Let's take a look at what we have.Bolinhas de queijo = Cheese balls
I don't remember having bolinhas de queijo, so I cannot compare them to cheese balls I have eaten elsewhere. This may be a good translation.
Coxinha de galinha = Chicken drumstick
Well, this is interesting. A drumstick is a chicken thigh with the bone inside. I remember coxinhas de galinha as having shredded chicken. The ones I ate were not chicken thighs and the did not have a thighbone inside. Big, big difference.Paté de atum = Tuna spread
It could be argued that this is a tuna spread. Tuna spreads that I am accustomed to eating have celery, diced pickles, chili, etc. Have you seen an American tuna spread? Quite different.Ovo empanado = Coated egg
No way. The term describes something entirely different in English. I would accept "breaded egg". Even better would be the name in Portuguese plus the explanation "this is a breaded egg Brazilian style".
Batata frita = Deep-fried potato, French fries
French fries, I accept wholeheartedly. The problem is "deep-fried potato" refers to wedges of potato. No, what makes a French fry a French fry is more than the way it is cooked; it is the way it has been sliced too. Quibe - Bulgar wheat/meat balls
I understand "Bulgar" (1) to mean someone who is a native or inhabitant of Bulgaria, or the language of the Bulgar people, and (2) it is a noun, not an adjective. I further understand "quibe" to be of Middle Eastern origin, not Bulgarian. I would accept "croquette", but I would prefer to stick with "quibe".Salsicha empanada = Coated sausage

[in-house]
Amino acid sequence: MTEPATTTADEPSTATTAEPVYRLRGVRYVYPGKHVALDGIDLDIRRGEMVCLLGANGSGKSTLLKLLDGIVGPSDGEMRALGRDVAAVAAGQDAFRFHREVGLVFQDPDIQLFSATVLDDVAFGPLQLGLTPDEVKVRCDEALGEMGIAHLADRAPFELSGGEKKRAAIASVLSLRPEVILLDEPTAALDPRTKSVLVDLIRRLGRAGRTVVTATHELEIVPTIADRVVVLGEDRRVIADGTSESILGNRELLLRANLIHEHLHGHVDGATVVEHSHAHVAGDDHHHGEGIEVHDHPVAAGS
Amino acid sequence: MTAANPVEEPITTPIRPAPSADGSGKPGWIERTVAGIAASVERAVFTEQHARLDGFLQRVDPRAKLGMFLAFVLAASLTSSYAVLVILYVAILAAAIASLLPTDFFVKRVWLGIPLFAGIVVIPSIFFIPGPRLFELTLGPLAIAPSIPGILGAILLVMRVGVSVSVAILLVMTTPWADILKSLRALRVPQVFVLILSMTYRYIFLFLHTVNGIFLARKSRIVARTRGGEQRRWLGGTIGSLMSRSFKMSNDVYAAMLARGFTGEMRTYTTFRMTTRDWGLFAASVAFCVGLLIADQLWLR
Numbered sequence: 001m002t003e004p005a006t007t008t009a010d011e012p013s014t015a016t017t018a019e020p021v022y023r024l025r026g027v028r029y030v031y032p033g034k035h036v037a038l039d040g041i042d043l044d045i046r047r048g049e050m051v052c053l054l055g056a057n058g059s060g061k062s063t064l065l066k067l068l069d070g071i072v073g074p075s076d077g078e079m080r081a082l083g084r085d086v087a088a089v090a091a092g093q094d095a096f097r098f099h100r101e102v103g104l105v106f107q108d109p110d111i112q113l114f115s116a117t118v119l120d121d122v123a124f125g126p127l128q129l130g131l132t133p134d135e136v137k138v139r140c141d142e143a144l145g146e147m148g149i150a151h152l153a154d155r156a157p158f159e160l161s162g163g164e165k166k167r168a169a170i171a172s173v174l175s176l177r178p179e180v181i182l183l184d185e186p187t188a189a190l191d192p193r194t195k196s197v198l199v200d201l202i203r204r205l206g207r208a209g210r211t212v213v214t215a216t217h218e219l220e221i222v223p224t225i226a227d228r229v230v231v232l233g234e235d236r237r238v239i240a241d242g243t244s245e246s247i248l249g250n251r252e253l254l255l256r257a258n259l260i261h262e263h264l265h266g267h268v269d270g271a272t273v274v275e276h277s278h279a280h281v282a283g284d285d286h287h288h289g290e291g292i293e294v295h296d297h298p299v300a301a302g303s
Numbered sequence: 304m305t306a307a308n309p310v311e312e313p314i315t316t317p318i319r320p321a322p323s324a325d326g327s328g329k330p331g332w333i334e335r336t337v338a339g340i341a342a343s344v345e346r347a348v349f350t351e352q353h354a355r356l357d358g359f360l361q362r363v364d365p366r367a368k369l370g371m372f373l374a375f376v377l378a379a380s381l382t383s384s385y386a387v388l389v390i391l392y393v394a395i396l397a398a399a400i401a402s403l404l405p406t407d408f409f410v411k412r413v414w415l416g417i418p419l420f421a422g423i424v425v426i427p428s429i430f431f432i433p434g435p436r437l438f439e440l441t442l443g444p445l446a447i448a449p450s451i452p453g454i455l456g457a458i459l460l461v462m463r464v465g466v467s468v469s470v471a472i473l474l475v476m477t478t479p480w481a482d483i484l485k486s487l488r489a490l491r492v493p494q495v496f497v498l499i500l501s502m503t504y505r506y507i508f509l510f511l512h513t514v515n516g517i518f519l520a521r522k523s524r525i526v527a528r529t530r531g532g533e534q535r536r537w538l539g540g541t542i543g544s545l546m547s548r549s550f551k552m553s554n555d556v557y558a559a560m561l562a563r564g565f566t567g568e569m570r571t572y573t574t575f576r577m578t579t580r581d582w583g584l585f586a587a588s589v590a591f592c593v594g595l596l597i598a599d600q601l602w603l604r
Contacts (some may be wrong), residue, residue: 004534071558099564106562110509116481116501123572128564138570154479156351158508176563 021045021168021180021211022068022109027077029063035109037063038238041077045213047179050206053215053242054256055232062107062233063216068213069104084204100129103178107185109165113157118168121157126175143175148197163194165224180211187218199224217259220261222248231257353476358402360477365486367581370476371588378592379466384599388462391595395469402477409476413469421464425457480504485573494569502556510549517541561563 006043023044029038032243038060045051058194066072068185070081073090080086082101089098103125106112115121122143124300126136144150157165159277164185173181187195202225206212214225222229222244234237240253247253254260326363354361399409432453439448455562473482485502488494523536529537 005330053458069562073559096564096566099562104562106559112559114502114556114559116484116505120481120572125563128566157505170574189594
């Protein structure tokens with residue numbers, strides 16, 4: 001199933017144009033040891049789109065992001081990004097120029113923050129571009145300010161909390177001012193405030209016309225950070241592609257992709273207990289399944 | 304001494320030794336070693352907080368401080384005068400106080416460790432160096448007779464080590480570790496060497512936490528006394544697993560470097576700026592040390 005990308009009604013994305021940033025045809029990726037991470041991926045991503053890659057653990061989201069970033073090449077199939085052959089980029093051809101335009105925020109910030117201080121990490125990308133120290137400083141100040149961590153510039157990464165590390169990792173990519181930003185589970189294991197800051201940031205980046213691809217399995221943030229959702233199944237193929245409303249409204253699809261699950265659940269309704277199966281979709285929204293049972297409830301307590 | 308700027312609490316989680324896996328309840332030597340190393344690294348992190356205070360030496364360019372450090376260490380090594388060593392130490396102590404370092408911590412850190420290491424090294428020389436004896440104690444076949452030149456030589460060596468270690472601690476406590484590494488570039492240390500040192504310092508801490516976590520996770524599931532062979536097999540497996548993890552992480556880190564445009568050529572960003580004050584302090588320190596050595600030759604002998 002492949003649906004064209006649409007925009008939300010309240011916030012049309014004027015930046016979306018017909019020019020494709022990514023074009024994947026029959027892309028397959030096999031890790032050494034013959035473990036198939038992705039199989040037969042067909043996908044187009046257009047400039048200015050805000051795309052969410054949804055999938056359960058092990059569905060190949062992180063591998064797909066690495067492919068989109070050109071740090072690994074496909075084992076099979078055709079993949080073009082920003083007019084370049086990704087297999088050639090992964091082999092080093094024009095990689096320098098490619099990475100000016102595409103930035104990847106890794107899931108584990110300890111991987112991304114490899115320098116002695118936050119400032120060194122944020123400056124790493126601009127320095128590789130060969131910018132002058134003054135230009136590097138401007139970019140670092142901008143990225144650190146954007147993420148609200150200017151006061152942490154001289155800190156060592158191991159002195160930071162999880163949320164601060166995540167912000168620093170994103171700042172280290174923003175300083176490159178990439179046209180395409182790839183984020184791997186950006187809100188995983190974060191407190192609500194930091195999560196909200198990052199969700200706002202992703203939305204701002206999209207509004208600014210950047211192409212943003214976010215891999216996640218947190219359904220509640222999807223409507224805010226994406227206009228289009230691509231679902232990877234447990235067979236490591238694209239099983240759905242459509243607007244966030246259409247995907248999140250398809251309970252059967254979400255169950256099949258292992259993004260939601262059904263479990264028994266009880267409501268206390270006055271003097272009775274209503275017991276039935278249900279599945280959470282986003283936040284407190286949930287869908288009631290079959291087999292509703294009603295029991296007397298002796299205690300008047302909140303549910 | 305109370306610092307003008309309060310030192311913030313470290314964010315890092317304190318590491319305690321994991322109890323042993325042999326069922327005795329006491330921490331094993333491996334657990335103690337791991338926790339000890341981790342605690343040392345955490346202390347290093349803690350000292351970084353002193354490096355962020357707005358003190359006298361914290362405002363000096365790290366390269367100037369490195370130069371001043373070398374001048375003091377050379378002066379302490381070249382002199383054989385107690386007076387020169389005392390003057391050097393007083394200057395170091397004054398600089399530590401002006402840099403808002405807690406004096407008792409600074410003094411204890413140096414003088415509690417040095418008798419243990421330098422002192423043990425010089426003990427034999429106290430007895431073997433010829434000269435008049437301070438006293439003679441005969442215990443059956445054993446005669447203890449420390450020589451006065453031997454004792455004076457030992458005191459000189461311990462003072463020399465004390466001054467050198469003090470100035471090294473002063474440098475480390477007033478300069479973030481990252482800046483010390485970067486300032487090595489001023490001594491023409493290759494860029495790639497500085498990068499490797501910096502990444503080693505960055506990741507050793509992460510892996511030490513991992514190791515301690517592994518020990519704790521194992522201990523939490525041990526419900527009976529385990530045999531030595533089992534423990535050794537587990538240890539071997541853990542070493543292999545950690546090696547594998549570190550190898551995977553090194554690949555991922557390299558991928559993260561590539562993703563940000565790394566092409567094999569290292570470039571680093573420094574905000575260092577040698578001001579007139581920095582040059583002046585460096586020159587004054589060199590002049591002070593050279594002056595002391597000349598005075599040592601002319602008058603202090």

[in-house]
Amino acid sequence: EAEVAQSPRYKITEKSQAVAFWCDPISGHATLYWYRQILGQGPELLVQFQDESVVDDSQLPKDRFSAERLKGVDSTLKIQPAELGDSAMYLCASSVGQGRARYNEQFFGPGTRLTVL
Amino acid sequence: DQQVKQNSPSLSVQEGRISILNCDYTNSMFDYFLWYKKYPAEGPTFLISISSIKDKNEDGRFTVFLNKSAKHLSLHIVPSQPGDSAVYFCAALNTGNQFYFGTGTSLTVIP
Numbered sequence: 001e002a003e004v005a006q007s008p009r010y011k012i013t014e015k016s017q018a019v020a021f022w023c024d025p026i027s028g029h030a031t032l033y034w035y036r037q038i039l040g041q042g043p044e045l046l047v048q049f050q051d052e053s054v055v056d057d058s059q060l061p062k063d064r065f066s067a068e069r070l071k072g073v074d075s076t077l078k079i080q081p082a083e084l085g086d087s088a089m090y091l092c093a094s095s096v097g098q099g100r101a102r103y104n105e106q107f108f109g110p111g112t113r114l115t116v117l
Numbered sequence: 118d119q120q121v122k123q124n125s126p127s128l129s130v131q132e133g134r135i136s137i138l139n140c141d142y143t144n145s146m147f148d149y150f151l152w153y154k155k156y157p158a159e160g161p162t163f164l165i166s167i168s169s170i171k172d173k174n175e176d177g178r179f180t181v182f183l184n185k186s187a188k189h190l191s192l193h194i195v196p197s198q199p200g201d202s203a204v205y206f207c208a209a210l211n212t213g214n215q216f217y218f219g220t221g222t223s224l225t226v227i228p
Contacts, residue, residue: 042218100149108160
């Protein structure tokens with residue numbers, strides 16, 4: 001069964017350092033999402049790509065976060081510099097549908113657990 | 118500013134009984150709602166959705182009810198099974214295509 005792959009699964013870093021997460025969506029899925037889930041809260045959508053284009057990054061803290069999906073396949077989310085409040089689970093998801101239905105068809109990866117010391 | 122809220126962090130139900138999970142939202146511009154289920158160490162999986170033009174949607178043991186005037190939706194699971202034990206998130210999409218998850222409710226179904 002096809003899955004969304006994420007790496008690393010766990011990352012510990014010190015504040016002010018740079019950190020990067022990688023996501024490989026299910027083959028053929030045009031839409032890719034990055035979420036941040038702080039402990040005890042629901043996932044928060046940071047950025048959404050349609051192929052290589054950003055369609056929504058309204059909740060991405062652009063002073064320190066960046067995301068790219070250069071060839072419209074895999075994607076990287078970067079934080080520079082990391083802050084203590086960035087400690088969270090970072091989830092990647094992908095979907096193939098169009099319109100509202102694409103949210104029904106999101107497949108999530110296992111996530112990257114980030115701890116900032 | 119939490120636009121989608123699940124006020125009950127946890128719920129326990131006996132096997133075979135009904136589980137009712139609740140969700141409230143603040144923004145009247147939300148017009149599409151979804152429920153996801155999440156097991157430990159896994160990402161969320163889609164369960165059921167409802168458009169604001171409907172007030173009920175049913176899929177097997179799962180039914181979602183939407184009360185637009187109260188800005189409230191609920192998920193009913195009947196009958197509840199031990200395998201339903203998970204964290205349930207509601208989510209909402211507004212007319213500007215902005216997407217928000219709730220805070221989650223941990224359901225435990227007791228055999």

Sorry, breaded sausage is a much better translation. You may find "coated sausage casings", but I can only think of one "coated sausage". It sounds like the sausage is wearing a coat.
Of all the foods on the list, only French fries are going to be immediately recognized by non-Portuguese speakers. My personal philosophy is not to fix something unless it is broken. In other words, use the original name of the food in the language in which it was created but explain it in the target (English) language.
Let me illustrate. I live in Costa Rica, a Spanish speaking country. It is somewhat common to go to an international restaurant here and be handed a menu in English. The names of the dishes are often translated into English. I know what "lomito saltado" is, what "tacu-tacu" is, etc. The problem is that each restaurant has a different way of translating the names of the dishes. It is so much easier if they use the original name (in these examples, they are Peruvian). If they want to explain in English, fine. But give the original name so that customers will know what on earth they are talking about. In California, I asked in an Argentine restaurant if they had sauce for the steak. The waiter assured me they had a sauce made of olive oil, parsley, clove, lemon juice, thyme, oregano, pepper, etc. I realized he had just given me the recipe for his mother's "chimichuirri". Why didn't he say that to begin with?Here is
a recipe for and a photo of the tuna spread I am accustomed to. I would prefer to have it with diced pickles, but maybe that is just my personal taste. This spread is not fancy, but it's quick and tasty. Does it look muche like the pate de atum in the photo?